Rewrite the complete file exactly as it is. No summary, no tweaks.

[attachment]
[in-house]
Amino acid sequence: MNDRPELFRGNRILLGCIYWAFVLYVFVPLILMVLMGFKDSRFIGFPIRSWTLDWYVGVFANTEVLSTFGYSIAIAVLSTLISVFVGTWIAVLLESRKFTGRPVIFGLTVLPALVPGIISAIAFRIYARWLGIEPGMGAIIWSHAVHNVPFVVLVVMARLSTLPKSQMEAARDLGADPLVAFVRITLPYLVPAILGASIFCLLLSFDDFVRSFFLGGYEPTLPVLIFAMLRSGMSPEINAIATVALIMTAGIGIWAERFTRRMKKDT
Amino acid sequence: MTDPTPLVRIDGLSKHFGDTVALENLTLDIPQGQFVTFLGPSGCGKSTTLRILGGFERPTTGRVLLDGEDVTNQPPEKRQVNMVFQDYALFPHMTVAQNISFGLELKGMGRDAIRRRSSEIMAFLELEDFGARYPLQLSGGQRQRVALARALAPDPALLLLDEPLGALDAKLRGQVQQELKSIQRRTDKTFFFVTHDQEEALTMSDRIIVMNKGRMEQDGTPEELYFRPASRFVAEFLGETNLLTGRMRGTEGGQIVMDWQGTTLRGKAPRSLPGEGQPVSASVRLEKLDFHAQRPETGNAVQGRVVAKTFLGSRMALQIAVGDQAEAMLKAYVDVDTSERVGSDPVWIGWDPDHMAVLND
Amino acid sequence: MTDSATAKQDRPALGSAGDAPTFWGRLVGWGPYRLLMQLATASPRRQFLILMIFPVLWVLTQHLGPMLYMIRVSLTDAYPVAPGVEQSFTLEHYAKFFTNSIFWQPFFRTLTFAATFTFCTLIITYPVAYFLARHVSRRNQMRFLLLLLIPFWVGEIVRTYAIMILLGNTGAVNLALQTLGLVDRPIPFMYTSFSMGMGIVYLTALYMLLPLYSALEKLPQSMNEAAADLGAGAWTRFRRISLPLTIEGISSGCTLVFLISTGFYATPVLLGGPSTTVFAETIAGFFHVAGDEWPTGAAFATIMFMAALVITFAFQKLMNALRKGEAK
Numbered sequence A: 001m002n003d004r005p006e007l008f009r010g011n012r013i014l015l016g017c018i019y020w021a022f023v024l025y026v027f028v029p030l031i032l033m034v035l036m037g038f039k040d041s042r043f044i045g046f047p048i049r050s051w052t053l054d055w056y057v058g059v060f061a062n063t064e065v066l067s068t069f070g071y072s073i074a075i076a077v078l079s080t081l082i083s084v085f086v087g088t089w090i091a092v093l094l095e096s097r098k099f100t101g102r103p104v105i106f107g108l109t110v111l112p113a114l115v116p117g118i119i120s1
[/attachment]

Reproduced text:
[in-house]
Amino acid sequence: MNDRPELFRGNRILLGCIYWAFVLYVFVPLILMVLMGFKDSRFIGFPIRSWTLDWYVGVFANTEVLSTFGYSIAIAVLSTLISVFVGTWIAVLLESRKFTGRPVIFGLTVLPALVPGIISAIAFRIYARWLGIEPGMGAIIWSHAVHNVPFVVLVVMARLSTLPKSQMEAARDLGADPLVAFVRITLPYLVPAILGASIFCLLLSFDDFVRSFFLGGYEPTLPVLIFAMLRSGMSPEINAIATVALIMTAGIGIWAERFTRRMKKDT
Amino acid sequence: MTDPTPLVRIDGLSKHFGDTVALENLTLDIPQGQFVTFLGPSGCGKSTTLRILGGFERPTTGRVLLDGEDVTNQPPEKRQVNMVFQDYALFPHMTVAQNISFGLELKGMGRDAIRRRSSEIMAFLELEDFGARYPLQLSGGQRQRVALARALAPDPALLLLDEPLGALDAKLRGQVQQELKSIQRRTDKTFFFVTHDQEEALTMSDRIIVMNKGRMEQDGTPEELYFRPASRFVAEFLGETNLLTGRMRGTEGGQIVMDWQGTTLRGKAPRSLPGEGQPVSASVRLEKLDFHAQRPETGNAVQGRVVAKTFLGSRMALQIAVGDQAEAMLKAYVDVDTSERVGSDPVWIGWDPDHMAVLND
Amino acid sequence: MTDSATAKQDRPALGSAGDAPTFWGRLVGWGPYRLLMQLATASPRRQFLILMIFPVLWVLTQHLGPMLYMIRVSLTDAYPVAPGVEQSFTLEHYAKFFTNSIFWQPFFRTLTFAATFTFCTLIITYPVAYFLARHVSRRNQMRFLLLLLIPFWVGEIVRTYAIMILLGNTGAVNLALQTLGLVDRPIPFMYTSFSMGMGIVYLTALYMLLPLYSALEKLPQSMNEAAADLGAGAWTRFRRISLPLTIEGISSGCTLVFLISTGFYATPVLLGGPSTTVFAETIAGFFHVAGDEWPTGAAFATIMFMAALVITFAFQKLMNALRKGEAK
Numbered sequence A: 001m002n003d004r005p006e007l008f009r010g011n012r013i014l015l016g017c018i019y020w021a022f023v024l025y026v027f028v029p030l031i032l033m034v035l036m037g038f039k040d041s042r043f044i045g046f047p048i049r050s051w052t053l054d055w056y057v058g059v060f061a062n063t064e065v066l067s068t069f070g071y072s073i074a075i076a077v078l079s080t081l082i083s084v085f086v087g088t089w090i091a092v093l094l095e096s097r098k099f100t101g102r103p104v105i106f107g108l109t110v111l112p113a114l115v116p117g118i119i120s1